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Measles Deaths Down 91% in Africa

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  • Bill Bryant
    Measles deaths down 91 percent in Africa By CLARE NULLIS, Associated Press Writer Thu Nov 29, 2007 Africa has slashed deaths from measles by 91 percent since
    Message 1 of 1 , Dec 16, 2007
      Measles deaths down 91 percent in Africa
      By CLARE NULLIS, Associated Press Writer
      Thu Nov 29, 2007
       
      Africa has slashed deaths from measles by 91 percent since 2000 with an immunization drive, a rare success story for the continent, health officials said Thursday.
       
      Measles deaths worldwide have fallen from an estimated 757,000 to 242,000 — 68 percent — between 2000 and 2006, according to the Measles Initiative, which includes the American Red Cross, the U.S. Centers for Disease Prevention and Control, the World Health Organization and UNICEF.
       
      In Africa, the deaths dropped from 396,000 to 36,000.
       
      The Measles initiative vaccinates children between nine months and 14 years old and seeks to vaccinate infants before their first birthday. Trained volunteers reach remote areas on bicycles, horses and even camels, and provide other basic health services including distributing nets for malaria prevention, said Bonnie McElveen-Hunter, chairman of the board of the American Red Cross.
       
      "The clear message from this achievement is that the strategy works," said CDC Director Julie Gerberding.
       
      The Measles Initiative hoped to take the strategy to India, where the drop deaths has been smaller and an estimated 10.5 million children are not immunized.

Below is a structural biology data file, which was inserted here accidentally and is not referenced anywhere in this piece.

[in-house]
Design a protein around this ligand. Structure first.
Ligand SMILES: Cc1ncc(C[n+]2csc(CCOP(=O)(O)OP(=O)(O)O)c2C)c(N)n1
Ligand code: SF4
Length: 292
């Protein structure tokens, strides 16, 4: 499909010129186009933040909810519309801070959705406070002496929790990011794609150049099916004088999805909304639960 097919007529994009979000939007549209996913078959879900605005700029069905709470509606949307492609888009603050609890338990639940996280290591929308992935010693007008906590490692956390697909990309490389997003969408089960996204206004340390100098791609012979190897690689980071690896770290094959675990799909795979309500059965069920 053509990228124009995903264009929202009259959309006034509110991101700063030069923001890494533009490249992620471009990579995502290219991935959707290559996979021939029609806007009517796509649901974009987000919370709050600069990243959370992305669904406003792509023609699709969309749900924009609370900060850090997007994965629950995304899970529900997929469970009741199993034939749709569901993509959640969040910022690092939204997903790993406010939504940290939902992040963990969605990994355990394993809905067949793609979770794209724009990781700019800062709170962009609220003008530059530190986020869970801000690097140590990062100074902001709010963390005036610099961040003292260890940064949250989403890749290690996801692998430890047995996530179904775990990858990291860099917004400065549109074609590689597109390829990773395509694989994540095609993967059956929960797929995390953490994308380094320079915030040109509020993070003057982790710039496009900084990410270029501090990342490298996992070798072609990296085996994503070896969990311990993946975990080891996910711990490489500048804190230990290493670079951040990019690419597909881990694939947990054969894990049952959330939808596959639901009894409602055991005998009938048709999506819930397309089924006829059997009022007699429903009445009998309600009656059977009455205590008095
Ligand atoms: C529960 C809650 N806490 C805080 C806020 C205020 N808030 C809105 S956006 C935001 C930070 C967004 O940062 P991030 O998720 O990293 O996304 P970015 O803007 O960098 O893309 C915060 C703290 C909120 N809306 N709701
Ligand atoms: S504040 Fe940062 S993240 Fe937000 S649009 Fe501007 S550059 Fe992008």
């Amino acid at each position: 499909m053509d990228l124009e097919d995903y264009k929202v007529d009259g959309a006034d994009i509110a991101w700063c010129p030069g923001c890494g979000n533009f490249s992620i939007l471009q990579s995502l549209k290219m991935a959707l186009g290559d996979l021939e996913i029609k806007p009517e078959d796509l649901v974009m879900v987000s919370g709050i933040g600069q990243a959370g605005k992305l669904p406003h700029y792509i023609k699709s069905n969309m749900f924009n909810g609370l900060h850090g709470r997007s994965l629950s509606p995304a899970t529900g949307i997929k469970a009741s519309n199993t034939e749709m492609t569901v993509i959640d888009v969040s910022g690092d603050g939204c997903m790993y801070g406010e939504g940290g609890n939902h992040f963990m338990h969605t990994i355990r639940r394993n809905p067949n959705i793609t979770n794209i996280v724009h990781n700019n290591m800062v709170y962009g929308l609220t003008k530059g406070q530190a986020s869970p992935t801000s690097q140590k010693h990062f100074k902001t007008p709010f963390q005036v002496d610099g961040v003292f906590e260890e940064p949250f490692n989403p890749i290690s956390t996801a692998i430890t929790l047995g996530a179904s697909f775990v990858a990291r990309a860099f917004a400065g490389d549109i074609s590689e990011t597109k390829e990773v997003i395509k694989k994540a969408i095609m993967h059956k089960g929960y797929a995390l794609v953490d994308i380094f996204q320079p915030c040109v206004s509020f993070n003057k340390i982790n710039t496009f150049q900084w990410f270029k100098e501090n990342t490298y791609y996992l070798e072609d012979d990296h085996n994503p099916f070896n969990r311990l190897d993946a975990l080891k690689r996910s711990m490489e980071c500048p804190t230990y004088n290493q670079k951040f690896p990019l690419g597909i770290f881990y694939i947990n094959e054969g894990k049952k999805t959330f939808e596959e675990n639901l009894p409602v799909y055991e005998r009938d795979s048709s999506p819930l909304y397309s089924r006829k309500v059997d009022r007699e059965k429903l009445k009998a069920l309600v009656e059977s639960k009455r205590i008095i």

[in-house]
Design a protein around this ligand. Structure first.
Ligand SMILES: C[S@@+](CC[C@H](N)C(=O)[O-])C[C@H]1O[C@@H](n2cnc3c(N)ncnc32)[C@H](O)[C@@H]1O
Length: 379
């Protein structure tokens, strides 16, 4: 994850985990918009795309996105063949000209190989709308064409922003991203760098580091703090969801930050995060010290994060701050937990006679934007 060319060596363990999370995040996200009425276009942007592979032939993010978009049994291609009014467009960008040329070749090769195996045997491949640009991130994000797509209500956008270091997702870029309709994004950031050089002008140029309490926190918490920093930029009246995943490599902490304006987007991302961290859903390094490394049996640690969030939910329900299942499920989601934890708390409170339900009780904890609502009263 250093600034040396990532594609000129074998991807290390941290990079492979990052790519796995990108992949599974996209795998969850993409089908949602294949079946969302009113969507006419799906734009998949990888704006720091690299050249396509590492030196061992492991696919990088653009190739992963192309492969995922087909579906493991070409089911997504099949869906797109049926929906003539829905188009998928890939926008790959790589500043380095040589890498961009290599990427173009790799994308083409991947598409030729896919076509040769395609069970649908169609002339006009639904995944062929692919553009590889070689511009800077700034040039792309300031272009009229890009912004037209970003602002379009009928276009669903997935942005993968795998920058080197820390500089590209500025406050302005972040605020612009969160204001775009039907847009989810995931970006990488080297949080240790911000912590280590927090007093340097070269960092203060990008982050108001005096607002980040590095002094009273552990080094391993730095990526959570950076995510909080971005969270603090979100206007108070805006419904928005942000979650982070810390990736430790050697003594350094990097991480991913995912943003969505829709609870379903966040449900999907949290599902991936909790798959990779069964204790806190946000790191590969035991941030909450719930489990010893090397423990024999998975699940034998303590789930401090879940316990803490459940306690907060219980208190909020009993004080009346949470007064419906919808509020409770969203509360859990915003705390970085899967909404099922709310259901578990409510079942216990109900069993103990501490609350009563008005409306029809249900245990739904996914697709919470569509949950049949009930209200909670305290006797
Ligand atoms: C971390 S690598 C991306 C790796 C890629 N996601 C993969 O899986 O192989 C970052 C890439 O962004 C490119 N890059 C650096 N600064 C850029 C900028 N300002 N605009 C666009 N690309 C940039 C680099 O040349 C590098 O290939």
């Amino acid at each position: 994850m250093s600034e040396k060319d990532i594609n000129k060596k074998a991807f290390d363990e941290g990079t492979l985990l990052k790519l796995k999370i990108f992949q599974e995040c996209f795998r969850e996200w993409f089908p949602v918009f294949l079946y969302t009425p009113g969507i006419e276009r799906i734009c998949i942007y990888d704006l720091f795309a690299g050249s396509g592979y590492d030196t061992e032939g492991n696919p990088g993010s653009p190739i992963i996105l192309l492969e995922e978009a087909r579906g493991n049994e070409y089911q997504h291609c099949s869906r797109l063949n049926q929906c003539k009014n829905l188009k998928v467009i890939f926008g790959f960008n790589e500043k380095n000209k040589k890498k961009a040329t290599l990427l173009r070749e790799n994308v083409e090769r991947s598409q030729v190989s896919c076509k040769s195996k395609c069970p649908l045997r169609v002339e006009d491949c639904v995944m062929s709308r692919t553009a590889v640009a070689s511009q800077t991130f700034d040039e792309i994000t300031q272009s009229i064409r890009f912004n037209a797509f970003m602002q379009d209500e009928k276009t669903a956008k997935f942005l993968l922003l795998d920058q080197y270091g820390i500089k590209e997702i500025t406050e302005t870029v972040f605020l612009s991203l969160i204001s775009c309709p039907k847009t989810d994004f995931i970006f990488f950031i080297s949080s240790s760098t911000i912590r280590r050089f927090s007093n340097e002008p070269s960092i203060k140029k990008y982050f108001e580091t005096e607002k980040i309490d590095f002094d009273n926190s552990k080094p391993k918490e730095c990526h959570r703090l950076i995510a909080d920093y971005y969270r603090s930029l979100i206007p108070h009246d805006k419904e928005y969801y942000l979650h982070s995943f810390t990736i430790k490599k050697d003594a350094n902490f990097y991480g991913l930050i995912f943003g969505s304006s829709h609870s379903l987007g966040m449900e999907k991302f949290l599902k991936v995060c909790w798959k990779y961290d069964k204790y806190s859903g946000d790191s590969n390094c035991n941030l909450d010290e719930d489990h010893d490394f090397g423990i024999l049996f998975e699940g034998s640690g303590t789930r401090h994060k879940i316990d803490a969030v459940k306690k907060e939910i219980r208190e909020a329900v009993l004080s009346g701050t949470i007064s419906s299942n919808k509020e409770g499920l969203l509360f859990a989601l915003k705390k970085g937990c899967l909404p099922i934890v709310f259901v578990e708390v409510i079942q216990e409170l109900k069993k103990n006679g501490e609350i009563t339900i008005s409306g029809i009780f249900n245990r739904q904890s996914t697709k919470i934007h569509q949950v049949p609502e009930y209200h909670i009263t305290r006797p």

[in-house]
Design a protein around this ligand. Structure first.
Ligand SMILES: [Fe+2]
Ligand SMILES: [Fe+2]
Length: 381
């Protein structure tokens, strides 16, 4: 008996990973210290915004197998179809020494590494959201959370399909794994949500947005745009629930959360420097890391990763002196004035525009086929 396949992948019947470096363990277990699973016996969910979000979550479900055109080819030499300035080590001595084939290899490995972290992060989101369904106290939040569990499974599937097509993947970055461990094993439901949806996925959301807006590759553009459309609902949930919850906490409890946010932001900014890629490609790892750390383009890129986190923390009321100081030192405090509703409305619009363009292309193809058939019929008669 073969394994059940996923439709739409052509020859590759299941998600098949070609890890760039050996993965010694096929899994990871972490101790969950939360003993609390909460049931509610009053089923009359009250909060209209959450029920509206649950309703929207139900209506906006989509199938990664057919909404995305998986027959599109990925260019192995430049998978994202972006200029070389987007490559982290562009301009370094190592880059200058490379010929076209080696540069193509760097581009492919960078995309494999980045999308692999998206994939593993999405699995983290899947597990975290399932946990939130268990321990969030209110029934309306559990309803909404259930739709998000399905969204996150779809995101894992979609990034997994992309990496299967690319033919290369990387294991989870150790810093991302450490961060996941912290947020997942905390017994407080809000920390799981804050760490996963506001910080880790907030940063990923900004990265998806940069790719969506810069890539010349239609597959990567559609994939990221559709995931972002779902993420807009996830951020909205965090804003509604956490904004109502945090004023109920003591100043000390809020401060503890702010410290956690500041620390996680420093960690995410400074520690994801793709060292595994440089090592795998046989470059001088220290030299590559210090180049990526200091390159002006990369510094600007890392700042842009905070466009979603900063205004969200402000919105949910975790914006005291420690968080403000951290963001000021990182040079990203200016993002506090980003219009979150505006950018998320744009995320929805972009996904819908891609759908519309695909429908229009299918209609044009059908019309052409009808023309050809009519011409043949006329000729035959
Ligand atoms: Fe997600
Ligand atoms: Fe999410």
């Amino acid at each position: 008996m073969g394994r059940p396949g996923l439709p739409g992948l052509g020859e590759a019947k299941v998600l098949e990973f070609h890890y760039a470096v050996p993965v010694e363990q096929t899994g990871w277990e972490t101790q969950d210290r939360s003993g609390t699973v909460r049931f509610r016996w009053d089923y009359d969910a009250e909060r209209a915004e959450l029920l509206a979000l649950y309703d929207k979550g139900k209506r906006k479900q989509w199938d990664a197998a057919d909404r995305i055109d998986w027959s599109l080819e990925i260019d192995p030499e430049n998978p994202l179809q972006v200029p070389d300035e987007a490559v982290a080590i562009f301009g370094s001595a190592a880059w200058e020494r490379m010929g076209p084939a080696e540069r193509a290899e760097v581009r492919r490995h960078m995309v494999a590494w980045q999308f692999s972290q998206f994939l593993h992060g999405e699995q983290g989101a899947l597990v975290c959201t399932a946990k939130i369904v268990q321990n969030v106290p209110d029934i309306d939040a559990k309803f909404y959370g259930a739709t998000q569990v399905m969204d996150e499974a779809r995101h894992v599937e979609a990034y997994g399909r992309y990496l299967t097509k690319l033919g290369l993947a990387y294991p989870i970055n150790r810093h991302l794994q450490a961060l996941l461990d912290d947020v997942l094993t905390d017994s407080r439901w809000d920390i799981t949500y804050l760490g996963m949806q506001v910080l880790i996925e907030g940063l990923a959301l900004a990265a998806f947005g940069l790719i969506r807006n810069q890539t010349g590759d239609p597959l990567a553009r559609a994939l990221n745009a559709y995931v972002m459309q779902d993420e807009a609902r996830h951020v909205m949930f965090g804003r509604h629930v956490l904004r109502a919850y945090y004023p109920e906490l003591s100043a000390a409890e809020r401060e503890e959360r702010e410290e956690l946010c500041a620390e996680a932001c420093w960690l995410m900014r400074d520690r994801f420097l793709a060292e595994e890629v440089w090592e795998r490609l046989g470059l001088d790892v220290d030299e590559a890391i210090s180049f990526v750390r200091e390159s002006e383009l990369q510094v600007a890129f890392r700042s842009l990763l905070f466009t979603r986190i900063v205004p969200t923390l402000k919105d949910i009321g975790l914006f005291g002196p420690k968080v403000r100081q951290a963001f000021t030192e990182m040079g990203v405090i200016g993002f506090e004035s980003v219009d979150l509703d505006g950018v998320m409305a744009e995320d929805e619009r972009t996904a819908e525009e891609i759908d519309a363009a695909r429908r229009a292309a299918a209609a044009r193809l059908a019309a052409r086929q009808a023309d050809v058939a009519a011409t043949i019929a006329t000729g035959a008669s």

Some 178,000 million people died of measles in the Indian subcontinent last year — only 26 percent down from 2000.
       
      Between 2000 and 2006, an estimated 478 million children worldwide received measles vaccines in 46 countries severely affected by the disease. Routine measles vaccination coverage reached an estimated 80 percent last year worldwide.
       
      In September, UNICEF reported that overall number of children dying worldwide has dropped below 10 million a year because of basic measures like vaccines, anti-mosquito nets and vitamin A boosts.
       
      The Global Alliance on Vaccines and Immunization said Wednesday it had invested $1 billion of new funding into vaccination drives in the past year.
       
      On Thursday, the GAVI board approved programs totaling $537 million for vaccines in 29 of the world's poorest countries. It said $370 million would go to countries immunizing against a type of bacteria that causes severe infections including meningitis and pneumonia and kills an estimated 400,000 children every year.
       
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